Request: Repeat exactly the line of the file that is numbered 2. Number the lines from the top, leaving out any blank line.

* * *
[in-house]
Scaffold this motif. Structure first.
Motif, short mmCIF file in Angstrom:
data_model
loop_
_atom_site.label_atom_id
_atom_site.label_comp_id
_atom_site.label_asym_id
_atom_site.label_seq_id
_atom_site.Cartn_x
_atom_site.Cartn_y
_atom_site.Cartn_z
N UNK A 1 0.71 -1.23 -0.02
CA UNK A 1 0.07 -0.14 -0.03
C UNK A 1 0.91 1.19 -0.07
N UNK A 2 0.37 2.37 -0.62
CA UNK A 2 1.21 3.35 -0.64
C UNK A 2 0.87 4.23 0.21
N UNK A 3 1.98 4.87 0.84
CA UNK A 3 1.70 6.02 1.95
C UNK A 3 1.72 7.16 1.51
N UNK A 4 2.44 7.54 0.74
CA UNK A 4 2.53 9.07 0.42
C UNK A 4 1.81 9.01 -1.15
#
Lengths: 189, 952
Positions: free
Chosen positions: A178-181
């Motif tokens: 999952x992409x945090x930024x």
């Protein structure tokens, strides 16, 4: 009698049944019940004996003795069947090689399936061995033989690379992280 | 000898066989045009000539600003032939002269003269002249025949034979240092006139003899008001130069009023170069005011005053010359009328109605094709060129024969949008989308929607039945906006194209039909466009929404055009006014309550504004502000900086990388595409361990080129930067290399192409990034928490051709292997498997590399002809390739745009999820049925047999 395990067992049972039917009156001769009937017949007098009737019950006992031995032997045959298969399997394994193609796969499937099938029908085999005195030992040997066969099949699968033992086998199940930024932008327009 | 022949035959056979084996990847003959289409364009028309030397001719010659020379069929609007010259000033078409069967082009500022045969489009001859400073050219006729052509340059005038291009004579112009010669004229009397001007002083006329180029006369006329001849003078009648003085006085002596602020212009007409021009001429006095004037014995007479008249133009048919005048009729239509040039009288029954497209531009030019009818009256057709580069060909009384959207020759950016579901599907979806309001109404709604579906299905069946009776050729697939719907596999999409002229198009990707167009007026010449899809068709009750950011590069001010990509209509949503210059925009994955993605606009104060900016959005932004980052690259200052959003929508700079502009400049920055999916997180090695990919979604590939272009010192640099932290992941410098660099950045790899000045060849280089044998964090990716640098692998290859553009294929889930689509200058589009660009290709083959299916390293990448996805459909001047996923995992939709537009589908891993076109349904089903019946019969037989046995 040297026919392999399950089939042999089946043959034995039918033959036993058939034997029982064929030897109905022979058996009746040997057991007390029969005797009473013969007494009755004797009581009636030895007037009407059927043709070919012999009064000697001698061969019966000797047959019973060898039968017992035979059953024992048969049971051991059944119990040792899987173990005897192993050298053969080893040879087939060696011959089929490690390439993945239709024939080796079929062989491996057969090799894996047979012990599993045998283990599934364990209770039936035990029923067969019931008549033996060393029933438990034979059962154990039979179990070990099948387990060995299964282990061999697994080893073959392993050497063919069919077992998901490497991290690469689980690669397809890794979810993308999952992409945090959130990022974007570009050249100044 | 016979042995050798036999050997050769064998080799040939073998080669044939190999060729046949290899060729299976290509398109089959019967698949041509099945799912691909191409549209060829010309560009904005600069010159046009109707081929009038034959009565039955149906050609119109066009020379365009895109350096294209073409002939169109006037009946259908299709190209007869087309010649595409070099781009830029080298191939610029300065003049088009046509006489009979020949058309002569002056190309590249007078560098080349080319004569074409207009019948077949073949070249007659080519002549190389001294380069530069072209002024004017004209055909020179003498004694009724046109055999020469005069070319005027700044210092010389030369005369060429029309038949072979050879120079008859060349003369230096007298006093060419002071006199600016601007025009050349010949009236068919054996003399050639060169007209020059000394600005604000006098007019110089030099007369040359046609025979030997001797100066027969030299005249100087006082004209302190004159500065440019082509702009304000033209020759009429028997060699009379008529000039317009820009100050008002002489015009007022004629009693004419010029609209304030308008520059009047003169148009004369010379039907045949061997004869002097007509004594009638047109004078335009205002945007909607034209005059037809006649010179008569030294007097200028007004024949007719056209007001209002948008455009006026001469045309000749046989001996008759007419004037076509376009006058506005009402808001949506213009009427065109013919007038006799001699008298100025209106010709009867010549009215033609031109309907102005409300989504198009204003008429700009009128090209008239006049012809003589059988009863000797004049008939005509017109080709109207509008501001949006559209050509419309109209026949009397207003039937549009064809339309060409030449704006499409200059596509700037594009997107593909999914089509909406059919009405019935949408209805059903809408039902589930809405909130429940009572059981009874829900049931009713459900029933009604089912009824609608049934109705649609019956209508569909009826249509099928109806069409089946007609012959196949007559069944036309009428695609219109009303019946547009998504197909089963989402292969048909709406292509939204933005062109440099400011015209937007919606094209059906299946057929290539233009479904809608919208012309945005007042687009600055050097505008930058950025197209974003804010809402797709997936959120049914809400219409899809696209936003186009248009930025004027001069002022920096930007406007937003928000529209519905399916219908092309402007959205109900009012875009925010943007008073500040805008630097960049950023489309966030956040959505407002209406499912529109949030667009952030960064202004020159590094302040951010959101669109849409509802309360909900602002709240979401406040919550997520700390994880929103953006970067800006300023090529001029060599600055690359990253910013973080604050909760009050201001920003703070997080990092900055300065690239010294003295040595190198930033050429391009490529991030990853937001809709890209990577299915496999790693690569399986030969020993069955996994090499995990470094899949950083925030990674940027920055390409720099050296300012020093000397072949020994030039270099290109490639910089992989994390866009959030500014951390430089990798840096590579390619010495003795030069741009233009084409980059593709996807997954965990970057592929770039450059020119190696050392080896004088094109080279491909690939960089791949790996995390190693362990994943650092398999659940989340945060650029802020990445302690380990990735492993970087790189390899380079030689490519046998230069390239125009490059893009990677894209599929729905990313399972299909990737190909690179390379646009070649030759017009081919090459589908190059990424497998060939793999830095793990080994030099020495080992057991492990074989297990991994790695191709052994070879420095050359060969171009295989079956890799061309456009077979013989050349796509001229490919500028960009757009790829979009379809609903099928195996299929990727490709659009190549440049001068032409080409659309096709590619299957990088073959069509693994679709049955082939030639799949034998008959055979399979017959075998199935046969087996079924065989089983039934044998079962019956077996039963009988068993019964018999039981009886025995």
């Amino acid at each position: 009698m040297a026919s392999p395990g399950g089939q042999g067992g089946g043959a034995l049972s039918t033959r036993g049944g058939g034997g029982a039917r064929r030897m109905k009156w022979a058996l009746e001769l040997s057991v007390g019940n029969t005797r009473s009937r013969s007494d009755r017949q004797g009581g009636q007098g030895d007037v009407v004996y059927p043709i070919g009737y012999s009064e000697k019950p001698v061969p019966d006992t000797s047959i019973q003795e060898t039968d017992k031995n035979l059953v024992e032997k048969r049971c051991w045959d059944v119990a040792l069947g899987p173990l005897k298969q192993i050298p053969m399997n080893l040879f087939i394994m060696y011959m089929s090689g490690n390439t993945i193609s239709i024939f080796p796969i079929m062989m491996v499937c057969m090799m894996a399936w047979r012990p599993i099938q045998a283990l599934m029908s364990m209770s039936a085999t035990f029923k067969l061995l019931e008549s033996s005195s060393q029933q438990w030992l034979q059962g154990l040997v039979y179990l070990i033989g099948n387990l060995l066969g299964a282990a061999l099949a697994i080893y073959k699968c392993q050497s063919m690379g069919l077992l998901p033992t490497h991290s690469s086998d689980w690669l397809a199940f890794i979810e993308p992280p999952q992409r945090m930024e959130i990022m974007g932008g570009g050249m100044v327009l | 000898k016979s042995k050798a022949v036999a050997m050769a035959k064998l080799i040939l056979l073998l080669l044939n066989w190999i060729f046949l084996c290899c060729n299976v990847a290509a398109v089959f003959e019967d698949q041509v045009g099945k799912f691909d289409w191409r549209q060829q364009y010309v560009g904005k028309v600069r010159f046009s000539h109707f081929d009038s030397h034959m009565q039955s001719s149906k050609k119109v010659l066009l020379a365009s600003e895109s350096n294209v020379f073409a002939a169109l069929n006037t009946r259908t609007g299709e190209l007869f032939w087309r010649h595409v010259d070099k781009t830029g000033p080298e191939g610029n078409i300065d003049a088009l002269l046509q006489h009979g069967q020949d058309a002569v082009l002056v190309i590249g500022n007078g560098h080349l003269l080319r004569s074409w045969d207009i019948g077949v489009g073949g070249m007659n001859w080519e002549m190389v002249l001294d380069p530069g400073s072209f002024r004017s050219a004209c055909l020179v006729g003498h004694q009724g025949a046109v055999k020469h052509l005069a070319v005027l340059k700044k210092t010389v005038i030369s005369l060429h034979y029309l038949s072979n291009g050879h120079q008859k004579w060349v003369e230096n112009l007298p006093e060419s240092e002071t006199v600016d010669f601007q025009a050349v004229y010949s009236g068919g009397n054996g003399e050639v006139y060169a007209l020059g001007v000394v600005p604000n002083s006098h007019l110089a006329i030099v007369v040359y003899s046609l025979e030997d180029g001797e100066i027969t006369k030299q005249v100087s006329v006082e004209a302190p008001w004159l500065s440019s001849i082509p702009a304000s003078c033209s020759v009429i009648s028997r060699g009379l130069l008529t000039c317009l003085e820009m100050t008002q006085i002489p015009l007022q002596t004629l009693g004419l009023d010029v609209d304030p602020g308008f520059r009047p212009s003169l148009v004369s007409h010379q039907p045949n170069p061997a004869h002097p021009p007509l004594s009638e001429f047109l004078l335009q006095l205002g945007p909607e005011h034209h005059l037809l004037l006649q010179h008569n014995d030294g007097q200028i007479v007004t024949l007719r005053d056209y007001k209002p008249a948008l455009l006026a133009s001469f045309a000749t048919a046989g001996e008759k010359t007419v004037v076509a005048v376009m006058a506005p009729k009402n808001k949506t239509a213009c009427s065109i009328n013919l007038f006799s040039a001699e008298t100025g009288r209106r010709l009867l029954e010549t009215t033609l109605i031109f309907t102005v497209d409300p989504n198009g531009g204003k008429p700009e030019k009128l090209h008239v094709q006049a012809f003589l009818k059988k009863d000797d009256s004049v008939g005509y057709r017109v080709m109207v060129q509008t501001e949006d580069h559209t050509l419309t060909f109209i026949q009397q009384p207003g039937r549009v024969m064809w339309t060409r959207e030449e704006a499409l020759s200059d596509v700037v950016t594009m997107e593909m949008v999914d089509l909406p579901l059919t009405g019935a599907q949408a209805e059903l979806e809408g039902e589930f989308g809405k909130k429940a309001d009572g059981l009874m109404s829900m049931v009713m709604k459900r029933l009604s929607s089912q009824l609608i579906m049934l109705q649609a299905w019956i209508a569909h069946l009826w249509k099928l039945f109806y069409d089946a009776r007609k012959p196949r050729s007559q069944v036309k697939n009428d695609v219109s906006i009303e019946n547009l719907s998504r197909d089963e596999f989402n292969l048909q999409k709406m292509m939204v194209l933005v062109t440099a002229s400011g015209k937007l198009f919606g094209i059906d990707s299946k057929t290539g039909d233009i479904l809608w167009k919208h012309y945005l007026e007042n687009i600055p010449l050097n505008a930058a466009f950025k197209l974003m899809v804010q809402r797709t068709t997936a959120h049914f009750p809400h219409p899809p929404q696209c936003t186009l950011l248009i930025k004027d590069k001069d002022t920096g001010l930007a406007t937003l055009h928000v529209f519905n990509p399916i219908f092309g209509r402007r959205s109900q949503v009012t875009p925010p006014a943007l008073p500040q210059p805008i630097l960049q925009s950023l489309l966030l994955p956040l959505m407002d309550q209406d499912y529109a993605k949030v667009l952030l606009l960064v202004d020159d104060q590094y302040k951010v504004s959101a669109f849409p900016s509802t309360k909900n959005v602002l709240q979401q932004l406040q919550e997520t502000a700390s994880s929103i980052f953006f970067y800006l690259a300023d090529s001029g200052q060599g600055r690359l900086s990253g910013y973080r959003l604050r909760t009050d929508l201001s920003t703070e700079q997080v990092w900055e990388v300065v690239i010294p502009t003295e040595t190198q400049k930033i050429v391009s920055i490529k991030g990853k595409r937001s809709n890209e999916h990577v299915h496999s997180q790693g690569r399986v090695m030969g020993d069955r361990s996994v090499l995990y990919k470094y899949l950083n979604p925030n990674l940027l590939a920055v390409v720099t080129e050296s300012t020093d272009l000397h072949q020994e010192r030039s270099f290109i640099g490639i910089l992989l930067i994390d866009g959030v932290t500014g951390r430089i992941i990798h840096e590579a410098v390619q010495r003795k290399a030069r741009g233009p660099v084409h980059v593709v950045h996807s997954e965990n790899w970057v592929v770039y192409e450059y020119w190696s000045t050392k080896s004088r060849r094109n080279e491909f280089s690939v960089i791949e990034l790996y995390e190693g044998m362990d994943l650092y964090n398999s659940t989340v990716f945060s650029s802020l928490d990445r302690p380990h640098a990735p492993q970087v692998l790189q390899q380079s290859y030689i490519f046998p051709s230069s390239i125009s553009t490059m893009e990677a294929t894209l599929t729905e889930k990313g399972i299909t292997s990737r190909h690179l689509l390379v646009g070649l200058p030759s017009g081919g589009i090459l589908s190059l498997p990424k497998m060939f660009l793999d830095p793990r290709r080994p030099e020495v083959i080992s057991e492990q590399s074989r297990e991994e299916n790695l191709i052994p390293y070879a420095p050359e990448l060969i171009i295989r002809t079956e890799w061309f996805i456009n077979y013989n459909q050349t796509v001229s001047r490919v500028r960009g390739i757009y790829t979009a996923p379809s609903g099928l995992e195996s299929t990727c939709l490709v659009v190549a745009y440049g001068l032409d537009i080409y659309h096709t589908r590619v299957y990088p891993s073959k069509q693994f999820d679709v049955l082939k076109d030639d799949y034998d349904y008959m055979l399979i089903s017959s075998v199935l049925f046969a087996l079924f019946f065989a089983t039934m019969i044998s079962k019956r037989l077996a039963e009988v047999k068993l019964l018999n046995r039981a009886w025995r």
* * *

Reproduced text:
Scaffold this motif. Structure first.